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State deal toughens teacher evaluations, makes it harder to secure tenure, official says

New York Gov. Andrew Cuomo is seen in

New York Gov. Andrew Cuomo is seen in a June 12, 2014 file photo. Credit: Newsday / J. Conrad Williams Jr.

ALBANY -  A top Cuomo administration official said Senate and Assembly leaders have agreed to new laws that will toughen teacher evaluations and make it harder for teachers to secure tenure.

The package is expected to be adopted Tuesday with the last elements of the state budget.

Under the new evaluation structure, teachers must be rated "effective" both on their students' performance on state tests as well as through classroom observation to get an overall rating of "highly effective" or "effective."

The current system may allow a teacher to be rated "effective" even if their students' test scores reflect little progress.

The job of deciding how to weight students' test performance would fall to the State Education Department, the source said Monday night. The agency would take into account difficulties such as a large number of immigrant students who have limited English proficiency, as well as a district's advantageous resources, such as its wealth.

Currently, the teacher evaluation law spells out what percentage of a teacher's job rating is determined by student test scores and what percentage by local measures, including classroom observation.

A school district now can seek to remove a teacher after two consecutive years of "ineffective" ratings.

Under the new proposal, a district would be required to consider firing a teacher after three straight years of "ineffective" ratings, the official said.

Under the revised evaluation law, teachers would need to achieve "highly effective" or "effective" ratings in three of four consecutive years before they are granted tenure.

In addition, 27 schools statewide that have been designated as chronically underperforming for 10 years would get one year and resources to show "demonstrable progress" before they are taken over by another school -- acting as a "receiver" -- to make improvements, the official said.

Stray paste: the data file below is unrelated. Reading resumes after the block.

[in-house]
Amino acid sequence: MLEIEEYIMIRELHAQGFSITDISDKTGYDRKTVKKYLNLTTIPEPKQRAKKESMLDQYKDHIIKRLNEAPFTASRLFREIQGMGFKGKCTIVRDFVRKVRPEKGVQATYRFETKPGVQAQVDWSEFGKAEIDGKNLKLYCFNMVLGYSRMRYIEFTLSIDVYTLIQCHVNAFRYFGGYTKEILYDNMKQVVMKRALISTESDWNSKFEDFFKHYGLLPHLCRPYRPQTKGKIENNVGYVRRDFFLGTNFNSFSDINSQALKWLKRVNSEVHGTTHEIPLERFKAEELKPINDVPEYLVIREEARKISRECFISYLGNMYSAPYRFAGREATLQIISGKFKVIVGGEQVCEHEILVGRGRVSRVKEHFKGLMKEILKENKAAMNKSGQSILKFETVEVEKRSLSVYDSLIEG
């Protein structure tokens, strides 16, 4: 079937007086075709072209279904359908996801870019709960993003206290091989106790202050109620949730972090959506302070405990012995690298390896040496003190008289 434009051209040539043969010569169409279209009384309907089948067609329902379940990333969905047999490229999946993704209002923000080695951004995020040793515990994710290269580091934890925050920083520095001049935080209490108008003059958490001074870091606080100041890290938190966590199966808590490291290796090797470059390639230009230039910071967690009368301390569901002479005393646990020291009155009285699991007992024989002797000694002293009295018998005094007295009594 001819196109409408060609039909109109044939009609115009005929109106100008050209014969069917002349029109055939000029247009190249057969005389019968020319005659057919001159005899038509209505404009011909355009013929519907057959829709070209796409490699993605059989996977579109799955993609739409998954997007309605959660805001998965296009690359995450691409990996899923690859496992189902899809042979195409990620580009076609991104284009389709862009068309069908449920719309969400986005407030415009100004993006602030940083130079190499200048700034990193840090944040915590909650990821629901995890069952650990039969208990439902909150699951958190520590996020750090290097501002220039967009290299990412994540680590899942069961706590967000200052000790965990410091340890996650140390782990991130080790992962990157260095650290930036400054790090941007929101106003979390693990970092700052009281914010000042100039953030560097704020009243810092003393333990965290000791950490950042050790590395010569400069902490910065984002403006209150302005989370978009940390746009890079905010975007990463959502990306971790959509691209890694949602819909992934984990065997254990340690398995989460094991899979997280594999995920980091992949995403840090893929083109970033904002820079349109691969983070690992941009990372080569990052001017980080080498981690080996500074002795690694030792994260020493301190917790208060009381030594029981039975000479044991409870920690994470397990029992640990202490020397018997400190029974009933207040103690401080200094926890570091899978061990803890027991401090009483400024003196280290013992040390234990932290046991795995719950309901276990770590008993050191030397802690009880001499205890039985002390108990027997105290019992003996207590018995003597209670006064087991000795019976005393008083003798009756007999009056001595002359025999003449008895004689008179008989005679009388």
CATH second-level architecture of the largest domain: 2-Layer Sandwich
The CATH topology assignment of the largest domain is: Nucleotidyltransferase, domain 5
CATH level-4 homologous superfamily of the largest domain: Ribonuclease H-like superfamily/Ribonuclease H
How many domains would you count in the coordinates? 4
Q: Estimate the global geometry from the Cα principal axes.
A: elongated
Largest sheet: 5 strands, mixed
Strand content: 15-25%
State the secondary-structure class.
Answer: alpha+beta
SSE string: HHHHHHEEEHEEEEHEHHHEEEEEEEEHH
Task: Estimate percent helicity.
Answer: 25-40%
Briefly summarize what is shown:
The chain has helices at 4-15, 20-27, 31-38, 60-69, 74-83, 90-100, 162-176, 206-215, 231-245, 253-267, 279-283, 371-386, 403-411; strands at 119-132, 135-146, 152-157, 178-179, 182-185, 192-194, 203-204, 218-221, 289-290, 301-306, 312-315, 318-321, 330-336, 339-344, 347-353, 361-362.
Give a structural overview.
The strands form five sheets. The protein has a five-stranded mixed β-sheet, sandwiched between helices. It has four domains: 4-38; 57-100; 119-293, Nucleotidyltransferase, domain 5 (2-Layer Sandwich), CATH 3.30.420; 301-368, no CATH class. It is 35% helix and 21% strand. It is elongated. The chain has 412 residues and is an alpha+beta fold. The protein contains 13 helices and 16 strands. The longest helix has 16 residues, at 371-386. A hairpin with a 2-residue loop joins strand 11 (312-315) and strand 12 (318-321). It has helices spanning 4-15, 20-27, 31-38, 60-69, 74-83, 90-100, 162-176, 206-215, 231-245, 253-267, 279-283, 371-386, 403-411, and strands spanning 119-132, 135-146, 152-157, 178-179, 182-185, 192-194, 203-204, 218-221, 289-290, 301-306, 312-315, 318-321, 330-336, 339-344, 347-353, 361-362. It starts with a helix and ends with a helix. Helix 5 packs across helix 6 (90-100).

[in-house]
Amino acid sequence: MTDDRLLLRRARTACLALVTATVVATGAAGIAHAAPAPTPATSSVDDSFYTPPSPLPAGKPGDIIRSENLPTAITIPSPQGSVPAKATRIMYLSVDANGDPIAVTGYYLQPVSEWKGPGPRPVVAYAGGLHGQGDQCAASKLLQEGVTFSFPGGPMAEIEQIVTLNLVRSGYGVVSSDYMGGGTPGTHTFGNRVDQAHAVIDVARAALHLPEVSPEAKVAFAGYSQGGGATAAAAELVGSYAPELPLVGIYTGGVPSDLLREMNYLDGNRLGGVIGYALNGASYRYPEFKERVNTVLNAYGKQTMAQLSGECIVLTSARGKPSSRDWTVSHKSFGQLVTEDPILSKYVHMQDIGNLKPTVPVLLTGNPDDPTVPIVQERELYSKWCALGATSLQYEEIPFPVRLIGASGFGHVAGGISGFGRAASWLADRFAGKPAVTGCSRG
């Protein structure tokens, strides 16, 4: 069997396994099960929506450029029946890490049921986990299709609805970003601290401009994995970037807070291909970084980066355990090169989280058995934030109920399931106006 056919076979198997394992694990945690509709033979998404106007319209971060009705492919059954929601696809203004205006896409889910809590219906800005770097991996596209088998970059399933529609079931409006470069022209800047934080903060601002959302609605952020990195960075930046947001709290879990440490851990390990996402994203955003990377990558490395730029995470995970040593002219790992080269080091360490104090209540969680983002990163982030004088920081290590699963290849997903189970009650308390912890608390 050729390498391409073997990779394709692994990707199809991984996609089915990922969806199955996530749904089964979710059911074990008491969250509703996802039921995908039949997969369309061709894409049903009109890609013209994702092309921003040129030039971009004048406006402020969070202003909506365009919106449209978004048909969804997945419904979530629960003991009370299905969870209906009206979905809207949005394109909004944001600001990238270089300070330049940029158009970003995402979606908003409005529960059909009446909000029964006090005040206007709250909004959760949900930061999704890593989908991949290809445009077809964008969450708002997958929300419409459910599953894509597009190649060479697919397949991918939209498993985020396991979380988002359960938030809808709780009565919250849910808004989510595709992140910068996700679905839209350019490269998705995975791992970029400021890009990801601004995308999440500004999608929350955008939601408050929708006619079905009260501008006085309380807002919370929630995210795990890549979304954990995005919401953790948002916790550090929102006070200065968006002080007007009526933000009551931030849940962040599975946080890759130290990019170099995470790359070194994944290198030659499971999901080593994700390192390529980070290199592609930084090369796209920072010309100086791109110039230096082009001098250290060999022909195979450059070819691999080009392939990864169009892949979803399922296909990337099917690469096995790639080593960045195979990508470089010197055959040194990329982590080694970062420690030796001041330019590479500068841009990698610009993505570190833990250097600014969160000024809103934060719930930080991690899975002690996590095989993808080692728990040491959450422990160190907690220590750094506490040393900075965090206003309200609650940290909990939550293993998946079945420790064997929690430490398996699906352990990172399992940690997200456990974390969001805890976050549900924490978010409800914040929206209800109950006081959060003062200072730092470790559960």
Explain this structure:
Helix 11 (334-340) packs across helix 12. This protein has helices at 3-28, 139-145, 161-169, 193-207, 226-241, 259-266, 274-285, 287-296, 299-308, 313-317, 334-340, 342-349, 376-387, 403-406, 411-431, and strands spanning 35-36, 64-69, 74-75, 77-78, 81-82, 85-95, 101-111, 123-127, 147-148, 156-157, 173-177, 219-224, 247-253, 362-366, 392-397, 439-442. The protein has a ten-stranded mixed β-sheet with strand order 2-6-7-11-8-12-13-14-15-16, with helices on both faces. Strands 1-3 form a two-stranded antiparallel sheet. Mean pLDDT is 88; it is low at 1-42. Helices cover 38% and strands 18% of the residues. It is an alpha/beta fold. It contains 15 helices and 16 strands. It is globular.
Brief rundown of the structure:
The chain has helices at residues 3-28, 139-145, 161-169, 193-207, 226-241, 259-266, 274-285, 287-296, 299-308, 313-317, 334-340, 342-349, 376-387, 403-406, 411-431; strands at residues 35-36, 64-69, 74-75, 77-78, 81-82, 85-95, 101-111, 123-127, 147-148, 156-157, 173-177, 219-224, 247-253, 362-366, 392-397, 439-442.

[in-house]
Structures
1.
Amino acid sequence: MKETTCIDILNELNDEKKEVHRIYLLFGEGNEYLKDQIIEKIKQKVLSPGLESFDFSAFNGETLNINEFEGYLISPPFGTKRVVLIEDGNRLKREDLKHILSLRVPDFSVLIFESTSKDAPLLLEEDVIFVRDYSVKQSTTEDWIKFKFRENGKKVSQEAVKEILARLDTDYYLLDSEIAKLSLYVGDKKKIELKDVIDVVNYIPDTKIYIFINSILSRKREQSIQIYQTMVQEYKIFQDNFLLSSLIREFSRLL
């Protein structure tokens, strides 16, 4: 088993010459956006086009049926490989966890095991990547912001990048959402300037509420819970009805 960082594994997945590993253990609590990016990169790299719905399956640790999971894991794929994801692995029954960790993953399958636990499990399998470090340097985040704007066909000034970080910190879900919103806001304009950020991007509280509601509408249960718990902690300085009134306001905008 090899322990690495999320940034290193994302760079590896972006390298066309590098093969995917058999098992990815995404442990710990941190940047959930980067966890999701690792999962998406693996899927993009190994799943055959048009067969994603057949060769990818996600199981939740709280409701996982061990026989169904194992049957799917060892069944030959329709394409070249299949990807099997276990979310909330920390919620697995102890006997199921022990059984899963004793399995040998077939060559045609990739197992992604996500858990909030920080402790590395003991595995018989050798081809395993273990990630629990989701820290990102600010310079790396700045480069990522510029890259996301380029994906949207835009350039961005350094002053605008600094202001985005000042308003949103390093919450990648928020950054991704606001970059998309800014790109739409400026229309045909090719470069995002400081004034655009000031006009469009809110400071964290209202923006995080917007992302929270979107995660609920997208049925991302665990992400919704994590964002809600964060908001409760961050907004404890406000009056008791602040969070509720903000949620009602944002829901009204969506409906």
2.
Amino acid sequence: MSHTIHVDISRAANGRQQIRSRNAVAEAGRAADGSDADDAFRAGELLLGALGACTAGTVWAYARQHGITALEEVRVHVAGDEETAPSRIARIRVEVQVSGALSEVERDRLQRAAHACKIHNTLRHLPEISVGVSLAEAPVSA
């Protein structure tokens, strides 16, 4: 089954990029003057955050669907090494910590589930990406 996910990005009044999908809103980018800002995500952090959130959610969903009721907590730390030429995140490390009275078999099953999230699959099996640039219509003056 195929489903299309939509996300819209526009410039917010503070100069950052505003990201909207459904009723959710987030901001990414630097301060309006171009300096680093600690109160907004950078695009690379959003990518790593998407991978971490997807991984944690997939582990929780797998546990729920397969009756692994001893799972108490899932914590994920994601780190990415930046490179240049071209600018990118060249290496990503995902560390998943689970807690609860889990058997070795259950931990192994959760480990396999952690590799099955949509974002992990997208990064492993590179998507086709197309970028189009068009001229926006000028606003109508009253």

Effective teachers also could get $20,000 bonuses -- equal to about one-third of the average teacher salary statewide -- and credit toward promotions under the plan, the official said.

Lawmakers also said they were close to final agreement on school aid.

Senate Majority Leader Dean Skelos (R-Rockville Centre) said the statewide package would total about $1.4 billion for grades K-12 -- the biggest increase since the 2008 financial crash. Additional money would be provided for prekindergarten education and other programs.

Of the $1.4 billion, about $500 million would be allotted statewide in 2015-16 to restore aid money cut during the economic downturn. Roughly $500 million more would be provided the following year, making the restoration complete.

Compensating districts for the previous cuts -- known as the Gap Elimination Adjustment, or GEA -- is a No. 1 fiscal priority for Long Island educators.

Roberta Gerold, president of the Suffolk County School Superintendents Association, said local school leaders appreciated the pledge of extra aid but are anxious to see computerized "runs" showing how much money would go to each district.

"We need to know the details, so we can ensure that public education doesn't get short shrift," said Gerold, who is superintendent of Middle Country schools.

With John Hildebrand

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